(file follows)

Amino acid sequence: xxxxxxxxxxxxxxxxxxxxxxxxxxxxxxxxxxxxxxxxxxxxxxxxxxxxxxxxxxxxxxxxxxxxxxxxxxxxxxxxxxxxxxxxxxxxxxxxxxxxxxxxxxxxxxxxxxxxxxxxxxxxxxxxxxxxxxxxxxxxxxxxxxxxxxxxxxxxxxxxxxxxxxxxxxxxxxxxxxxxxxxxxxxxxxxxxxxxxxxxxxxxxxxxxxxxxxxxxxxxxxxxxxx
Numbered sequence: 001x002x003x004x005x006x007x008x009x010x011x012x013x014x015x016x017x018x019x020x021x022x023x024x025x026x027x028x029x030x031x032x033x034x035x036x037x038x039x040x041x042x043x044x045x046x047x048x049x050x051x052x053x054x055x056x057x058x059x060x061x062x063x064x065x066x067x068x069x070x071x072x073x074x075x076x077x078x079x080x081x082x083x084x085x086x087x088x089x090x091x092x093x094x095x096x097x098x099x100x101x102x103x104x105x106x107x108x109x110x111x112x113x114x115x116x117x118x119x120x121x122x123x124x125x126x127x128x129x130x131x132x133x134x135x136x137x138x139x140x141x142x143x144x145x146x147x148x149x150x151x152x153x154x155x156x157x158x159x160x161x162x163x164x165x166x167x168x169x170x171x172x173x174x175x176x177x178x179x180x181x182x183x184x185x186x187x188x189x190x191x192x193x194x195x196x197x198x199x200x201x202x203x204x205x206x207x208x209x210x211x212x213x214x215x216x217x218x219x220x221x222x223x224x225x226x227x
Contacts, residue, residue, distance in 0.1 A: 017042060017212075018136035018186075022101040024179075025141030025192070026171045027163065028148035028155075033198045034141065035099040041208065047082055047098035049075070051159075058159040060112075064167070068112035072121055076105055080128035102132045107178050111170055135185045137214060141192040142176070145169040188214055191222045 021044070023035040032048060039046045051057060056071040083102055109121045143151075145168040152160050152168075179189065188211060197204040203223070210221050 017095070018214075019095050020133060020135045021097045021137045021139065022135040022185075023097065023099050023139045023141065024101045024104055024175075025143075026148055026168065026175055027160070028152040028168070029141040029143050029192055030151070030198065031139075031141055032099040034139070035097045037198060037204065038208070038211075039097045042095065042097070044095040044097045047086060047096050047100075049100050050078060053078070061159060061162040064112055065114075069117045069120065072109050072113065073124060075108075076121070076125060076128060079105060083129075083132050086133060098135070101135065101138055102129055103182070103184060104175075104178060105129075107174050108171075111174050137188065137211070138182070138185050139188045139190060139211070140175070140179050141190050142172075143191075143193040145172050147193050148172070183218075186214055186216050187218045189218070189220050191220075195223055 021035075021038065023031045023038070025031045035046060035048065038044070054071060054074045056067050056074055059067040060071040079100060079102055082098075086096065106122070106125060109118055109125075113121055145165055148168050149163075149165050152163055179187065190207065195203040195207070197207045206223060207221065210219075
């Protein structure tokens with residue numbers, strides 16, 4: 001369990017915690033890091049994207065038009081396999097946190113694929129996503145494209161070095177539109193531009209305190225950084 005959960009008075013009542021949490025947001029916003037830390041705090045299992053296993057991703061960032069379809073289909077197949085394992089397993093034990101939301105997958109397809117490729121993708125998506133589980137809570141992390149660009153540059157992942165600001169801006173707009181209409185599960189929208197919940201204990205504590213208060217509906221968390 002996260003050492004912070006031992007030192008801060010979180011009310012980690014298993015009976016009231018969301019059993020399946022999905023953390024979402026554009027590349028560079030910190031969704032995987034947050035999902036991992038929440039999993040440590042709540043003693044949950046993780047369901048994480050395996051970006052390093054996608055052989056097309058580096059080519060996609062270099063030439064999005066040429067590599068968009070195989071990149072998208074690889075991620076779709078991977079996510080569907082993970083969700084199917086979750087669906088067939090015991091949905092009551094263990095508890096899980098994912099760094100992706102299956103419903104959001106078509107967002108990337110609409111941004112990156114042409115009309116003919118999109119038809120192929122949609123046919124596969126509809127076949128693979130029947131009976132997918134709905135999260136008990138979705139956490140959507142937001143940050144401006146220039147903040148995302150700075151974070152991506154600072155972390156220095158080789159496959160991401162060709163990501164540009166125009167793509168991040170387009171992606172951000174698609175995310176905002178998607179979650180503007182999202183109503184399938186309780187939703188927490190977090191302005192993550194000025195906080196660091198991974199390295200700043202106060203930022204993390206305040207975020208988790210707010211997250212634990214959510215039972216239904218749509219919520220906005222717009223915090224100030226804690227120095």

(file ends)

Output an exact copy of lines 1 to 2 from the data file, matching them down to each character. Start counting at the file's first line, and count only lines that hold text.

Amino acid sequence: xxxxxxxxxxxxxxxxxxxxxxxxxxxxxxxxxxxxxxxxxxxxxxxxxxxxxxxxxxxxxxxxxxxxxxxxxxxxxxxxxxxxxxxxxxxxxxxxxxxxxxxxxxxxxxxxxxxxxxxxxxxxxxxxxxxxxxxxxxxxxxxxxxxxxxxxxxxxxxxxxxxxxxxxxxxxxxxxxxxxxxxxxxxxxxxxxxxxxxxxxxxxxxxxxxxxxxxxxxxxxxxxxxx
Numbered sequence: 001x002x003x004x005x006x007x008x009x010x011x012x013x014x015x016x017x018x019x020x021x022x023x024x025x026x027x028x029x030x031x032x033x034x035x036x037x038x039x040x041x042x043x044x045x046x047x048x049x050x051x052x053x054x055x056x057x058x059x060x061x062x063x064x065x066x067x068x069x070x071x072x073x074x075x076x077x078x079x080x081x082x083x084x085x086x087x088x089x090x091x092x093x094x095x096x097x098x099x100x101x102x103x104x105x106x107x108x109x110x111x112x113x114x115x116x117x118x119x120x121x122x123x124x125x126x127x128x129x130x131x132x133x134x135x136x137x138x139x140x141x142x143x144x145x146x147x148x149x150x151x152x153x154x155x156x157x158x159x160x161x162x163x164x165x166x167x168x169x170x171x172x173x174x175x176x177x178x179x180x181x182x183x184x185x186x187x188x189x190x191x192x193x194x195x196x197x198x199x200x201x202x203x204x205x206x207x208x209x210x211x212x213x214x215x216x217x218x219x220x221x222x223x224x225x226x227x